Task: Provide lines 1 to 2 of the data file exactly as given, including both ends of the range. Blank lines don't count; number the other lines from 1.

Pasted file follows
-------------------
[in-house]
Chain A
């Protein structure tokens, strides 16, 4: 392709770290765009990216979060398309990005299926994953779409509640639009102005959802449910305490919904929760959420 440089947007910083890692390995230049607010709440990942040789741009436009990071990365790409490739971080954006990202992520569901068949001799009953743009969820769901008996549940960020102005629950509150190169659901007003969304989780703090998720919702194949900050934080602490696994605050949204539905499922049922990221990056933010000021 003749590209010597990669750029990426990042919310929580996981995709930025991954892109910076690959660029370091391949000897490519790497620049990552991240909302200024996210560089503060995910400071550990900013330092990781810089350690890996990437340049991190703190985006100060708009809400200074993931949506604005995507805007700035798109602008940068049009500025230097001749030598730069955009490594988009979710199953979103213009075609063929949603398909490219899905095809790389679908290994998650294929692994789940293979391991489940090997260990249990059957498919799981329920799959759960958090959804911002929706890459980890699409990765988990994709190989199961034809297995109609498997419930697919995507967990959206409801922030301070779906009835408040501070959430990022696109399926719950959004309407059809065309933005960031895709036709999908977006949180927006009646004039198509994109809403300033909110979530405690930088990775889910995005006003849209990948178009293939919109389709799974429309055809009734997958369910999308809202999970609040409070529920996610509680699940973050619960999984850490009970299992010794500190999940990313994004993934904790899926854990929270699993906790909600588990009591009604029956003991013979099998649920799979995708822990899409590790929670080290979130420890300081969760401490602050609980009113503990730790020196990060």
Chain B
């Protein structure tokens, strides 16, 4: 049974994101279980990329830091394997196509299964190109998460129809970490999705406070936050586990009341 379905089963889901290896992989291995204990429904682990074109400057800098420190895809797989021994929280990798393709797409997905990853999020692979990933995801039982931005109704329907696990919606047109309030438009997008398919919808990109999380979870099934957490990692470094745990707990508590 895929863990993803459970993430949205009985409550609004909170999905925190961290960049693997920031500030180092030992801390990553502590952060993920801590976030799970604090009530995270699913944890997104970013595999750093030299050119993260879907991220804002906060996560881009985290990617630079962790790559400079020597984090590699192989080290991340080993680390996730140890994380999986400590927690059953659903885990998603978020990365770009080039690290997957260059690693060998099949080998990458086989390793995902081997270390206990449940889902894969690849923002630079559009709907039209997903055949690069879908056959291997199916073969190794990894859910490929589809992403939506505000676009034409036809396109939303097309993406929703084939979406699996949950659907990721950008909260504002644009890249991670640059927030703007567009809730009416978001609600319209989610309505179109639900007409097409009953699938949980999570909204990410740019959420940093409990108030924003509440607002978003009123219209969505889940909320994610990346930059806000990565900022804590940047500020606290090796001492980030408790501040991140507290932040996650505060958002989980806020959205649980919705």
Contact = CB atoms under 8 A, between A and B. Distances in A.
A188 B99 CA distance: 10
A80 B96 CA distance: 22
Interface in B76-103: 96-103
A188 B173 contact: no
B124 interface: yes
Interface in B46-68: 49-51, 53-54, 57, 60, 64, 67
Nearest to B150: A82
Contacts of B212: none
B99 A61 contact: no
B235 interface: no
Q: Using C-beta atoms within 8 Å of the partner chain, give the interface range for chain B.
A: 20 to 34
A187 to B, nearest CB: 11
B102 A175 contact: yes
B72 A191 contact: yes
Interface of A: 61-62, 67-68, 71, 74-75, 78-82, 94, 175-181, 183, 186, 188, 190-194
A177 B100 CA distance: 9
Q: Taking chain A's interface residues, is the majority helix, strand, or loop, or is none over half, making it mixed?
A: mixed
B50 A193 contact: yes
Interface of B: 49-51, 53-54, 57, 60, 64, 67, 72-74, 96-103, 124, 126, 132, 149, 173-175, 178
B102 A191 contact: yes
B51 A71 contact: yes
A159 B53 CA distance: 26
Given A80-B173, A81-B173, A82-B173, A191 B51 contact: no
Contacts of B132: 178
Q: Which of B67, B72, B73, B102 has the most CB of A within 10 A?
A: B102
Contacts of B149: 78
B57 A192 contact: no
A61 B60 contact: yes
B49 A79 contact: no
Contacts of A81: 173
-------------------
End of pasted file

[in-house]
Chain A